A bomb killed at least five people and wounded a Pakistani election candidate Tuesday as he campaigned in the restive northwest, raising the death toll in the nation's bloody poll campaign to 97.
The latest attack in the town of Hangu, a flashpoint for violence between Sunni and Shiite Muslims, comes a day after the deadliest bombing so far on the election campaign.
"At least five people have been killed and several injured," police official Tahir Khan told AFP, warning that the death toll could rise.
"It is too early to determine the nature of the bomb. It might be a suicide attack or a planted bomb," Tahir Khan said.
"We are shifting the injured to hospital and it looks like the death toll will rise," he told AFP.
Hangu police chief Mohammed Sajjad said the candidate, Syed Janan, was among 15 people who were injured.
The attack, which came as Janan campaigned in a Hangu market, raises to 97 the number of people killed in attacks on politicians and political parties since April 11, according to an AFP tally.
Janan, seeking re-election for the assembly in Khyber Pakhtunkhwa province, is contesting Saturday's election for the right-wing Jamiat Ulema-e-Islam, a religious party in the outgoing government coalition.
A joint rally for two other candidates from the same faction of the party was bombed in the tribal district of Kurram on Monday, killing 23 people in the deadliest single attack on the campaign so far.
The Pakistani Taliban claimed responsibility, saying the target had been Munir Orakzai, a lawmaker in the national assembly who was in 2008 elected as an independent but allied to the outgoing government.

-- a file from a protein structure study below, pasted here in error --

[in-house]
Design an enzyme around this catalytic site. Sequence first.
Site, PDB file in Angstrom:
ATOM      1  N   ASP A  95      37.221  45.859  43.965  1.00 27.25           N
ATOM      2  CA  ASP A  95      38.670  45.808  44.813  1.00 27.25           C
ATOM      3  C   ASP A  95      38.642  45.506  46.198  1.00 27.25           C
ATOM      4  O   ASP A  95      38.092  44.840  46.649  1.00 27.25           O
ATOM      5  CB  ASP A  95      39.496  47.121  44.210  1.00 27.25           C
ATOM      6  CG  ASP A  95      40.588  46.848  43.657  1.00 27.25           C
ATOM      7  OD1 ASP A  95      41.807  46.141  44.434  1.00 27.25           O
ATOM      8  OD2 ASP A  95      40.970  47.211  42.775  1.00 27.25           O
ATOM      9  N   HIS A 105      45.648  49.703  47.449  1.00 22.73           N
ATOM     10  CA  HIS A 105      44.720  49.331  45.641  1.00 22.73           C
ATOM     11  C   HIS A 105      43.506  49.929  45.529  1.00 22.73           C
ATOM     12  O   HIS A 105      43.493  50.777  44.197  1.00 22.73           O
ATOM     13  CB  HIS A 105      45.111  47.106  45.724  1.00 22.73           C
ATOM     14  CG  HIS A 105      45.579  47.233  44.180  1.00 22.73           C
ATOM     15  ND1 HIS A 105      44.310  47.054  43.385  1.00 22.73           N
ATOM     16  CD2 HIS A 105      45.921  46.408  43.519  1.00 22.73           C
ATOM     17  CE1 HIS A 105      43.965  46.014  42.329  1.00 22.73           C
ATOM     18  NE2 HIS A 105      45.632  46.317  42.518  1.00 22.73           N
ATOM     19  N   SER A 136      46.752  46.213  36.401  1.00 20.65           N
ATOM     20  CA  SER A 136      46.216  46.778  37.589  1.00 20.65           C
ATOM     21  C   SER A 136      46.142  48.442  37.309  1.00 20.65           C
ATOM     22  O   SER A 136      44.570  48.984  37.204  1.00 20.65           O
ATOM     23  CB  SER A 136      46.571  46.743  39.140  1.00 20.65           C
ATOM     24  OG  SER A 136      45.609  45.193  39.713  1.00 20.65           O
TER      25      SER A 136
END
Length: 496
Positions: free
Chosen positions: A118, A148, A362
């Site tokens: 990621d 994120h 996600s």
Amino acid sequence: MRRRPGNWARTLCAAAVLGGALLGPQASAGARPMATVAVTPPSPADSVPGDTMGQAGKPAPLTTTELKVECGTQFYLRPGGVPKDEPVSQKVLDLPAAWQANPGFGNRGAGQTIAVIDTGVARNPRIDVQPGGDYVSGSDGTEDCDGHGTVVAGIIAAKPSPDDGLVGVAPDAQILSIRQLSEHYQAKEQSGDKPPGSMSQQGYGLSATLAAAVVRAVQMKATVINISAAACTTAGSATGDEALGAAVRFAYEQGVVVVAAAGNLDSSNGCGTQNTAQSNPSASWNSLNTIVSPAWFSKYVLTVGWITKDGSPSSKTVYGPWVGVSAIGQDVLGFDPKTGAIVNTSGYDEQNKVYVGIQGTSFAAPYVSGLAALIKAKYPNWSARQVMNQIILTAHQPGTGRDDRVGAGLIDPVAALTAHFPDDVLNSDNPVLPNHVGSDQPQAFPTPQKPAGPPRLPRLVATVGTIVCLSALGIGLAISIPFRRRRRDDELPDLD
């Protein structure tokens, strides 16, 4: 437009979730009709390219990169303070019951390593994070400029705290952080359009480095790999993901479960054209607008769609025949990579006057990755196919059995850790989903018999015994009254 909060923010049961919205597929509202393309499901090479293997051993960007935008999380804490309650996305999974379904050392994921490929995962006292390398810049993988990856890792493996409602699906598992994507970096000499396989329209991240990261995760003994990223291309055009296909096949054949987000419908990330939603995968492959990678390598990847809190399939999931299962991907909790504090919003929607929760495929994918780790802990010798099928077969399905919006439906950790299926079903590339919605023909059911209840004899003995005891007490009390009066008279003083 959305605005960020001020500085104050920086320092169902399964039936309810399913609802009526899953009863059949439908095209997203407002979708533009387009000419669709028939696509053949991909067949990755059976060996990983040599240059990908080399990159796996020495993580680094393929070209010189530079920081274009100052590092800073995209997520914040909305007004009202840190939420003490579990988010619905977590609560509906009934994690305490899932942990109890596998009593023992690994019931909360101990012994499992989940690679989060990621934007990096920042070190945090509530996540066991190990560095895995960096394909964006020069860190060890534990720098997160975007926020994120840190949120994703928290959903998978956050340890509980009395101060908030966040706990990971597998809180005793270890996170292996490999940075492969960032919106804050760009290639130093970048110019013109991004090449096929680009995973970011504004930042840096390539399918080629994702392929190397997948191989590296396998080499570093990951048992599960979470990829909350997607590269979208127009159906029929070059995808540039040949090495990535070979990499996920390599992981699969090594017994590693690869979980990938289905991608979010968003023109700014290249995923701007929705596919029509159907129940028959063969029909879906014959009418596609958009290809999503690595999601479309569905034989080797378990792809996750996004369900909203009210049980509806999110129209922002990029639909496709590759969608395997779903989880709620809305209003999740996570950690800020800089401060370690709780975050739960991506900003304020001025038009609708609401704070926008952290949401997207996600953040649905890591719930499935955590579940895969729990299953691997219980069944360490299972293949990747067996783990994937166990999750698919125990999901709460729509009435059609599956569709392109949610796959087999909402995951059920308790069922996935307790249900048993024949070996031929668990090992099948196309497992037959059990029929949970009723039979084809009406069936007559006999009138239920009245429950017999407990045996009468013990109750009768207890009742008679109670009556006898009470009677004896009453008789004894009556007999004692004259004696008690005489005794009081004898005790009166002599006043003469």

The insurgents have condemned Saturday's elections as un-Islamic and directly threatened the main parties in the outgoing coalition, the Pakistan People's Party, the Muttahida Qaumi Movement and the Awami National Party (ANP).
JUI-F and its leader, cleric Maulana Fazl-ur-Rehman, have been mediators between the authorities and the Taliban, blamed for killing thousands of Pakistanis in a domestic insurgency over the past six years.
Elections have been postponed in three constituencies where candidates have been killed. Those constituencies are in the southwestern province of Baluchistan, in Pakistan's biggest city of Karachi and in southern Hyderabad.
The vote marks the first time that a civilian government in Pakistan has served a full-term in office and handed over to another at the ballot box. The nuclear-armed country has been ruled half its life by the military.
The race has been dominated by the centre-right: opposition leader Nawaz Sharif, head of the Pakistan Muslim League-N (PML-N) and cricket star Imran Khan, looking to make a breakthrough for his Pakistan Tehreek-e-Insaf (PTI) party.